December Interview: Dr. Steven Groves on… Pets and Holiday Decorations – Preparations and Precautions!
In our December interview, doctor of veterinary medicine, Steven Groves, talks about Pets and Holiday Decorations – Preparations and Precautions!
Q: When the December holidays roll around, we are reminded about how to keep pets safe and the decorations secure. Would you say that a Christmas tree or candles are more of a safety hazard for pets?
A: When it comes to Pets and Holiday Decorations, Christmas trees, candles, decorations, food and holiday parties all pose risky temptations for pets. Planning ahead, knowing what risks each festive activity poses and how to handle an emergency is important. Quick action can save a pets life.
Q: Tree water contains chemicals to make the tree last longer, won’t pets want to drink this? What to do?
A: Water additives for Christmas trees can be hazardous to your pets. Do not add aspirin, sugar, or anything to the water for your tree if you have pets in the house. If pets drink water containing chemicals, contact your veterinarian immediately.
Q: What is your best advice for keeping a tree upright and safe from curious pets?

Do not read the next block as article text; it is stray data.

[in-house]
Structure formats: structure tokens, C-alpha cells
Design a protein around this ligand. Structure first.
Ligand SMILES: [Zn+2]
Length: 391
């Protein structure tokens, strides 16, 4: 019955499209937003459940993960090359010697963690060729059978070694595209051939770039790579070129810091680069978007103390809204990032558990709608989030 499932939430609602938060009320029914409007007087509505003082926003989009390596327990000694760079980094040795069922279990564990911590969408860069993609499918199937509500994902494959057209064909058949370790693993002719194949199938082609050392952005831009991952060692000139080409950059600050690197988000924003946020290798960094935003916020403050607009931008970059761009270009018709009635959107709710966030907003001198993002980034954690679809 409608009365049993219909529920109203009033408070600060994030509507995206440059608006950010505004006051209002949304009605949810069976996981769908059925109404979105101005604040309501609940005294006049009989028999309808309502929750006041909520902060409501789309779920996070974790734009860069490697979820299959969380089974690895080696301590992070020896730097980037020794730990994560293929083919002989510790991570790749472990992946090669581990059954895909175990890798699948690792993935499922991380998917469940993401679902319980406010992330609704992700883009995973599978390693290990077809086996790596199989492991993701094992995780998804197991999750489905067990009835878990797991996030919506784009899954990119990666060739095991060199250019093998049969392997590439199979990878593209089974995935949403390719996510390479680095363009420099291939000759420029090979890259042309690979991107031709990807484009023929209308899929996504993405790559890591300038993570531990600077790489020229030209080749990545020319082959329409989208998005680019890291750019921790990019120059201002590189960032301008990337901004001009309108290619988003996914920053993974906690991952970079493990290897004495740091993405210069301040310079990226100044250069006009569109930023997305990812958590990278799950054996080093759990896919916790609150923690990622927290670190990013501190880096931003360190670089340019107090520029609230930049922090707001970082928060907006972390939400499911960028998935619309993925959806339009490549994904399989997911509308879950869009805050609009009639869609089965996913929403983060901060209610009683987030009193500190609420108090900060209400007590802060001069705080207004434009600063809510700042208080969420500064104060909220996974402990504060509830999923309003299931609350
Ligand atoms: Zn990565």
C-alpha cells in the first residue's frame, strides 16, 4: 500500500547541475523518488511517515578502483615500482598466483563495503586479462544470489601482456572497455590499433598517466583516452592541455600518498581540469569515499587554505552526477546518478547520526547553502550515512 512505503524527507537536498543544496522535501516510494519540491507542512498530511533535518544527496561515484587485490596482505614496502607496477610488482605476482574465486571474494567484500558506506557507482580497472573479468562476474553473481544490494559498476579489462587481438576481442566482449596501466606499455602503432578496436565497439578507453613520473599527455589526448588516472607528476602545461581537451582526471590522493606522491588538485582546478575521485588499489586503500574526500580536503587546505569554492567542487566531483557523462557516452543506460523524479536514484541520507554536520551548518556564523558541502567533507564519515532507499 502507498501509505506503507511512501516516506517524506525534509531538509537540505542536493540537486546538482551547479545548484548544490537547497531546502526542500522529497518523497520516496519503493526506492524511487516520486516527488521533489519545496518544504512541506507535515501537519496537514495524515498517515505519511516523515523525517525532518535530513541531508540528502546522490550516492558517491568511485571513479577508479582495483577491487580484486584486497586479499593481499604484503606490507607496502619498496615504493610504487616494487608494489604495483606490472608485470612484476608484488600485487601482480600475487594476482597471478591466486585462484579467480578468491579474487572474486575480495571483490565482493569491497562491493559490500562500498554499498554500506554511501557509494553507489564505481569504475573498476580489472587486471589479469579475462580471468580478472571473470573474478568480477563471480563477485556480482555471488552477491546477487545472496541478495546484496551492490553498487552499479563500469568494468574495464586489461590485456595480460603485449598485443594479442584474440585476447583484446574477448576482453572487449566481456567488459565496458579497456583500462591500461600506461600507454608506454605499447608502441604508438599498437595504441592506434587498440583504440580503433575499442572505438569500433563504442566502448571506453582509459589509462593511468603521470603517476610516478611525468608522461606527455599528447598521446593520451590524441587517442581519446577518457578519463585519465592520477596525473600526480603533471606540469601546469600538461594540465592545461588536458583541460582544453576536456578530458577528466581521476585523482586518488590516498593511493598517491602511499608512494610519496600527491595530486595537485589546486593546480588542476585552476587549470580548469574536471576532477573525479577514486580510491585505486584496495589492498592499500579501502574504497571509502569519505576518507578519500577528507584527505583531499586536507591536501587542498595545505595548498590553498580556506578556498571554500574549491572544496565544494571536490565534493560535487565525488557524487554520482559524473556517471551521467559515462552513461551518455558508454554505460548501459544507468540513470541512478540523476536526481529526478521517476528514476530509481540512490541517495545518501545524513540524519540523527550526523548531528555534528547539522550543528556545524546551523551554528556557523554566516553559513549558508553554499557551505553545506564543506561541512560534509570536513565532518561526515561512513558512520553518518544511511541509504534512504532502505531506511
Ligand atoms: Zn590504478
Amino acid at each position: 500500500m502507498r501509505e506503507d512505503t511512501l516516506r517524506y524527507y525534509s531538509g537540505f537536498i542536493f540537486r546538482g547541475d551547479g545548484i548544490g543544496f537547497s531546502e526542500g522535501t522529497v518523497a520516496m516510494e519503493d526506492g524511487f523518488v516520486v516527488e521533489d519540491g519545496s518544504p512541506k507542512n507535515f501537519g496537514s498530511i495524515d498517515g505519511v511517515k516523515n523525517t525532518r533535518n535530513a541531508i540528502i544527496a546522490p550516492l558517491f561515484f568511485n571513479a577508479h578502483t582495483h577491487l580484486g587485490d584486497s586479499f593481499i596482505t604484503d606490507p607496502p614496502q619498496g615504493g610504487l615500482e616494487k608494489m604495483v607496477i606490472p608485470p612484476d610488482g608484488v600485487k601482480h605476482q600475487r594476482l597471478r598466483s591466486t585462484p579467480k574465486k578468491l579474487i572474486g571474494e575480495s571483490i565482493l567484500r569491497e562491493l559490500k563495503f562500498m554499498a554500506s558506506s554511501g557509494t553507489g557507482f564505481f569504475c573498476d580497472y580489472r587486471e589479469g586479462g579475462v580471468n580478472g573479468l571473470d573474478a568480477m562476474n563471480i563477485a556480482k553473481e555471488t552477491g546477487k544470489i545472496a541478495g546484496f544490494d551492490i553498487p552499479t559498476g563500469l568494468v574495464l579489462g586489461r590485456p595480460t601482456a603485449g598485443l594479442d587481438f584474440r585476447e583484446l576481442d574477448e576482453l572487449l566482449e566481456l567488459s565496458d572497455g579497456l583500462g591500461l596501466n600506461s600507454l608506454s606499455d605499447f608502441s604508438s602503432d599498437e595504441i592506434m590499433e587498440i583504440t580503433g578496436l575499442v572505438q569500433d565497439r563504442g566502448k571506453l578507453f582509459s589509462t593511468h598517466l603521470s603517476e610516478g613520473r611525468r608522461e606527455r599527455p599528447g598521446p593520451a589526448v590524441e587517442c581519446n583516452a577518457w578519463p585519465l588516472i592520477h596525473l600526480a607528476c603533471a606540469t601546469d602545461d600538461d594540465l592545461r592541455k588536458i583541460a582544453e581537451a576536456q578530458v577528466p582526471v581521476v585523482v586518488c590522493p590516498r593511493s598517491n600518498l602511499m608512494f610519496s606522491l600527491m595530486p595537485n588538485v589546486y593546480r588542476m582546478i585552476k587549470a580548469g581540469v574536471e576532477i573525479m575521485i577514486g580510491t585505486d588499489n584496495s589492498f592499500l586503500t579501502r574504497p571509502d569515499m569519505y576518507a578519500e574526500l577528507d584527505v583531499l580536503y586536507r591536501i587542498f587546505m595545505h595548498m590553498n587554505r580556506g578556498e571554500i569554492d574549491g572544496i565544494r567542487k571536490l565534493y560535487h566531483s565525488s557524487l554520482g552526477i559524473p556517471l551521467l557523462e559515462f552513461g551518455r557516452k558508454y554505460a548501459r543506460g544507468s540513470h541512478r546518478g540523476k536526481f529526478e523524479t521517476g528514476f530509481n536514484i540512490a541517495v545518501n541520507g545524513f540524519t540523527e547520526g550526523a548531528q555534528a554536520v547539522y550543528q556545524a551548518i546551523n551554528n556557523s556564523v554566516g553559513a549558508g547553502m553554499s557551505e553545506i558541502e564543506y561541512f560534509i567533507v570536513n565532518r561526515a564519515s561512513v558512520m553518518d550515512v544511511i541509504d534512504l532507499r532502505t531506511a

A: Christmas trees can tip over if pets climb on them or try to play with the lights and ornaments. Consider tying your tree to the ceiling or a doorframe using fishing line to secure it.
Q: What about candles? What is the best way to enjoy them but keep the flame from a curious animal?
A: Never leave a pet alone in an area with a lit candle; it could result in a fire or the pet getting burned. In addition, Christmas lights can cause burns when a curious pet chews the cords.
Q: It is typical to put out some chocolate or other people treats when having friends and family over during this time, and we know dogs are food beggars. Advice on how to educate guests about this?